Five male 6-8 month-old Murrah buffalo calves were orally dosed with the fresh aerial parts of Baccharis megapotamica var. weirii at doses of 1, 3, 4, 5 and 10g/kg body weight (bw) (similar to 1-10mg macrocyclic trichothecenes/kg/bw). The B. megapotamica used for the experiment was harvested on a farm where a recent spontaneous outbreak of poisoning caused by such plant had occurred. Clinical signs appeared 4-20 hours and 4 buffaloes died 18-49 hours after the ingestion of the plant. Clinical signs were apathy, anorexia, and watery diarrhea, fever, colic, drooling, muscle tremors, restlessness, laborious breathing and ruminal atony, and dehydration. The most consistent gross findings were restricted to the gastrointestinal (GI) tract consisted of varying degrees of edema and reddening of the mucosa of the forestomach. Histopathological findings consisted of varying degrees of necrosis of the epithelial lining of the forestomach and of lymphocytes within lymphoid organs and aggregates. Fibrin thrombi were consistently found in sub-mucosal vessels of the forestomach and in the lumen of hepatic sinusoids. It is suggested that dehydration, septicemia and disseminated intravascular coagulation participate in the pathogenesis of the intoxication and play a role as a cause of death. A subsample of B. megapotamica var. weirii was frozen-dried and ground and analyzed using UHPLC (Ultra High Performance Liquid Chromatography) with high resolution Time of Flight mass spectrometry and tandem mass spectrometry, it was shown that the plant material contained at least 51 different macrocyclic trichothecenes at a total level of 1.1-1.2mg/g. About 15-20% of the total trichothecenes contents was found to be monosaccharide conjugates, with two thirds of these being glucose conjugates and one third constituted by six aldopentose conjugates (probably xylose), which has never been reported in the literature.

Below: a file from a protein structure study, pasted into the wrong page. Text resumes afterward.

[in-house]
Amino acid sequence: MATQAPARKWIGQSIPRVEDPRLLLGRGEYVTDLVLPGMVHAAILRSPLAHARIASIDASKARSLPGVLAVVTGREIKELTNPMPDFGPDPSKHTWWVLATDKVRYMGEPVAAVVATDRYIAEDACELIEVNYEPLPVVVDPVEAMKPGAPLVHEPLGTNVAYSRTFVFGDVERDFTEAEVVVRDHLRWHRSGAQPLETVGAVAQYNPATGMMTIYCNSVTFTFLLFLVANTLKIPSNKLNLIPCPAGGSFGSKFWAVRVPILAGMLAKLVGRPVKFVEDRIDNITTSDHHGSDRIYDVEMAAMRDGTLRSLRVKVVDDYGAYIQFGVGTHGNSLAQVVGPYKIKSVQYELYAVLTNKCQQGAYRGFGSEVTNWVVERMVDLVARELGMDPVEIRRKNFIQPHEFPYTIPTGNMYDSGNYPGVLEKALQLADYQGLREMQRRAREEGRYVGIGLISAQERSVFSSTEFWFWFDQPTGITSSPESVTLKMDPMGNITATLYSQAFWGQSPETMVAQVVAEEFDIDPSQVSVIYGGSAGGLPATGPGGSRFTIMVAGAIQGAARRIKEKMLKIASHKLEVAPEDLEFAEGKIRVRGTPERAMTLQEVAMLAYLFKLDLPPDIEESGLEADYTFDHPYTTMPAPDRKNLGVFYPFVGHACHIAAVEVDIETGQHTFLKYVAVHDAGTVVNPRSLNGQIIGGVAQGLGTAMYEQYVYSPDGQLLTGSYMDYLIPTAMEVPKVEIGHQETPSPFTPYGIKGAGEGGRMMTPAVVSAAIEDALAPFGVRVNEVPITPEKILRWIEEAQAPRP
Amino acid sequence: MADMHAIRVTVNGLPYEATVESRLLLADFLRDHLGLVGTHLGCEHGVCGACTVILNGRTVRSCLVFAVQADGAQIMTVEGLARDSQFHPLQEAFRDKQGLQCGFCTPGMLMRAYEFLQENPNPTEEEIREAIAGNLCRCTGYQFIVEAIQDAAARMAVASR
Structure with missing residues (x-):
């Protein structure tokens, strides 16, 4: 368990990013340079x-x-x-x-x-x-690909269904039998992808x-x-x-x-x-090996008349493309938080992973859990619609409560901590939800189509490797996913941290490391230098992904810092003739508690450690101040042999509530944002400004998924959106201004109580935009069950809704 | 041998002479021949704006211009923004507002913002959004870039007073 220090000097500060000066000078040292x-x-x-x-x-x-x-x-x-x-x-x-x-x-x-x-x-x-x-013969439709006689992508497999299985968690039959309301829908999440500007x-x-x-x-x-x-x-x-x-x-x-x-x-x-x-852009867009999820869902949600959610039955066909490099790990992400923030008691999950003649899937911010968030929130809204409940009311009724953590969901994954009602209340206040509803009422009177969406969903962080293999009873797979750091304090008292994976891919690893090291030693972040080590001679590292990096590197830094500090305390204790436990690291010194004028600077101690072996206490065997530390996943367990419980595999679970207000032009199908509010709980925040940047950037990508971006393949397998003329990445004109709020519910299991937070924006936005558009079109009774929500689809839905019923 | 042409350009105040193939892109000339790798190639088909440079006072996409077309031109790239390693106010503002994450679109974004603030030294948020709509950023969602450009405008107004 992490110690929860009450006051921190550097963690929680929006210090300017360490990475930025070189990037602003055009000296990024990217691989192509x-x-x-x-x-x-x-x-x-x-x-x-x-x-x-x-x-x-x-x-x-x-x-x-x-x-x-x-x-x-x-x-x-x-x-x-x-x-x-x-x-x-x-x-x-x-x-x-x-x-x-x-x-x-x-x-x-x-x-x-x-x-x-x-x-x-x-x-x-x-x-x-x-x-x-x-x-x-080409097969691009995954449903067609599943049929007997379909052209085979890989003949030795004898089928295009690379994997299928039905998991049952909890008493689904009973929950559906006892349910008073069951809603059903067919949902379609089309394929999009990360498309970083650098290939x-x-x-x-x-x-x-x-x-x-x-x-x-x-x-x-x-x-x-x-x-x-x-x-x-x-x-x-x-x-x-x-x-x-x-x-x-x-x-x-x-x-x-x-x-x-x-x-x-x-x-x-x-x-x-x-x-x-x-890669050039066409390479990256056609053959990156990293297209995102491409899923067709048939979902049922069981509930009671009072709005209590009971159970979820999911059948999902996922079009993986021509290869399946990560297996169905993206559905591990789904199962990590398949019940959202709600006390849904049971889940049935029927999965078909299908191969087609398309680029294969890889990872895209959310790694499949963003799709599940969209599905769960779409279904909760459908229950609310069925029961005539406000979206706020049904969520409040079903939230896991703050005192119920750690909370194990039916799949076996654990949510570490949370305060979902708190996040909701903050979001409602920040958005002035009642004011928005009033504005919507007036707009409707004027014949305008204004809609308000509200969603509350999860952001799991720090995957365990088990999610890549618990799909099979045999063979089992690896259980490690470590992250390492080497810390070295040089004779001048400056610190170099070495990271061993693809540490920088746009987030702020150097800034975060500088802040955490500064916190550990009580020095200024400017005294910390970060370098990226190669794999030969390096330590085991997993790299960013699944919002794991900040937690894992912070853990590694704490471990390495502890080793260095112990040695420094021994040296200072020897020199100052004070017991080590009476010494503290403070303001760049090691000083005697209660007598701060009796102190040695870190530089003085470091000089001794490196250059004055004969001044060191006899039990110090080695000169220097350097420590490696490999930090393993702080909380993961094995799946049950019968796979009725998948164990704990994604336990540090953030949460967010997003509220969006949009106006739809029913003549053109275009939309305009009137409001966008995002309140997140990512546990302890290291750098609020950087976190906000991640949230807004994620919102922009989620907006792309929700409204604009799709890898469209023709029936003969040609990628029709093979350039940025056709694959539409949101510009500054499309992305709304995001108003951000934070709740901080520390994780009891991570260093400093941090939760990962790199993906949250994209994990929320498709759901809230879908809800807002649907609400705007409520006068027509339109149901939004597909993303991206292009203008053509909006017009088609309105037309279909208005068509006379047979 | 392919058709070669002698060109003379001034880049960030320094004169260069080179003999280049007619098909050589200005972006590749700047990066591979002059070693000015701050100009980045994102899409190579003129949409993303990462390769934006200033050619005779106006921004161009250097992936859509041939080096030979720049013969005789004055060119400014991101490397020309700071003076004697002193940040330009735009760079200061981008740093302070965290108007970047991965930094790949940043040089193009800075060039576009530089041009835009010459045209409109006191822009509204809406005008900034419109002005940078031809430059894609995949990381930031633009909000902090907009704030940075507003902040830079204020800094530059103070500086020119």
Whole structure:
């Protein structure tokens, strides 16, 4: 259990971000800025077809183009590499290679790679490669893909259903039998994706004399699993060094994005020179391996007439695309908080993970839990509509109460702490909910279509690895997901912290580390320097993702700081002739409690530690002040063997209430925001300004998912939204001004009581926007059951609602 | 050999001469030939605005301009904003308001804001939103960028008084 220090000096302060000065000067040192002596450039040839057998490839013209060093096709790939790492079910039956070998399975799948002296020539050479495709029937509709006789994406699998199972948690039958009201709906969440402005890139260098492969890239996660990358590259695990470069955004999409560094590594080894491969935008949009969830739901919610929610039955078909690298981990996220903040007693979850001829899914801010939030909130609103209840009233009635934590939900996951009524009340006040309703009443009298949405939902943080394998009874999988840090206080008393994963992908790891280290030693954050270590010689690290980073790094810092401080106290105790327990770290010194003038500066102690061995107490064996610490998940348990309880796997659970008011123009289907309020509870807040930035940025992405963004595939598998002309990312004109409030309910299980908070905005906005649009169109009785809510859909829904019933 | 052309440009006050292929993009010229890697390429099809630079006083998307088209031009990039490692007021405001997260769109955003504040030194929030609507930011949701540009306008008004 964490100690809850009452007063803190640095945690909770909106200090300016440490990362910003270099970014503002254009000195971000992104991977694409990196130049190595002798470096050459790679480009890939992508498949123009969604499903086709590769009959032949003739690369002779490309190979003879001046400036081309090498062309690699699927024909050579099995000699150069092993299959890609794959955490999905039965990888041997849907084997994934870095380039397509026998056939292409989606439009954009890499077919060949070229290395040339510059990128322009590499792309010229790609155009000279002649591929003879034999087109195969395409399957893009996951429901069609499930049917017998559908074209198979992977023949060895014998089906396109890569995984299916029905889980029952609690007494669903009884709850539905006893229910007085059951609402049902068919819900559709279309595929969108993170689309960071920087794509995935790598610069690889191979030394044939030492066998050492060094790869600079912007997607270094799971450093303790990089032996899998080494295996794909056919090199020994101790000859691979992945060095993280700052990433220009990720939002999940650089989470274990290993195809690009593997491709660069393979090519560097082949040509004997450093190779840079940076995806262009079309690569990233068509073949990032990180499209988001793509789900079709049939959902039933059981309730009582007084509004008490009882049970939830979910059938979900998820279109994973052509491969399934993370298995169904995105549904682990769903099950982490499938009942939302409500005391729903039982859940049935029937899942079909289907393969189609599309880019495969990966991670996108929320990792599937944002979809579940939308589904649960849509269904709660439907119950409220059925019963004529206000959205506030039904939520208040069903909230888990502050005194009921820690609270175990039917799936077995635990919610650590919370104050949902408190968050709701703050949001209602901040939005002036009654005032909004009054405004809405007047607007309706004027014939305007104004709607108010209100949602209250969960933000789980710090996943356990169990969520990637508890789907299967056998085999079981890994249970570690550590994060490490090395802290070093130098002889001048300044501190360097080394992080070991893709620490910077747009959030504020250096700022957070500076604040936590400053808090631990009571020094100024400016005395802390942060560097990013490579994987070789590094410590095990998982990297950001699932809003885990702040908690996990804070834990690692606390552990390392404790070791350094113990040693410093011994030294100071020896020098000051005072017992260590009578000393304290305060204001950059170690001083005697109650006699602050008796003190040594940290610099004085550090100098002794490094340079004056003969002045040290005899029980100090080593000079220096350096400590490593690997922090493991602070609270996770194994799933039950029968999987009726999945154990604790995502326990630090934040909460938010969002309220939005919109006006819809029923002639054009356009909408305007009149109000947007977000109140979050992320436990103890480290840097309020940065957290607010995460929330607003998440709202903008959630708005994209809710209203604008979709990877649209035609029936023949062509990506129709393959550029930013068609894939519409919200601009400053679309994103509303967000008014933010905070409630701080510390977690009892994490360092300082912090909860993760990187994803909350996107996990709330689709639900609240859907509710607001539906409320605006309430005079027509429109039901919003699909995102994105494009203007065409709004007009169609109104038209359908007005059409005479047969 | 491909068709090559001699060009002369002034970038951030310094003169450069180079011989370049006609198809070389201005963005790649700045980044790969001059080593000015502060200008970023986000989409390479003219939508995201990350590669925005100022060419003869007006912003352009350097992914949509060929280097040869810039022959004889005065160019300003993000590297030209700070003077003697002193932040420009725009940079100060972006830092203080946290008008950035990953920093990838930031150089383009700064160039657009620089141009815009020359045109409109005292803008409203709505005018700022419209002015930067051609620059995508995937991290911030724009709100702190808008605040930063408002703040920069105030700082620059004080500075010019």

|Journal||Pesquisa Veterinária Brasileira|
|Publication status||Published - 2012|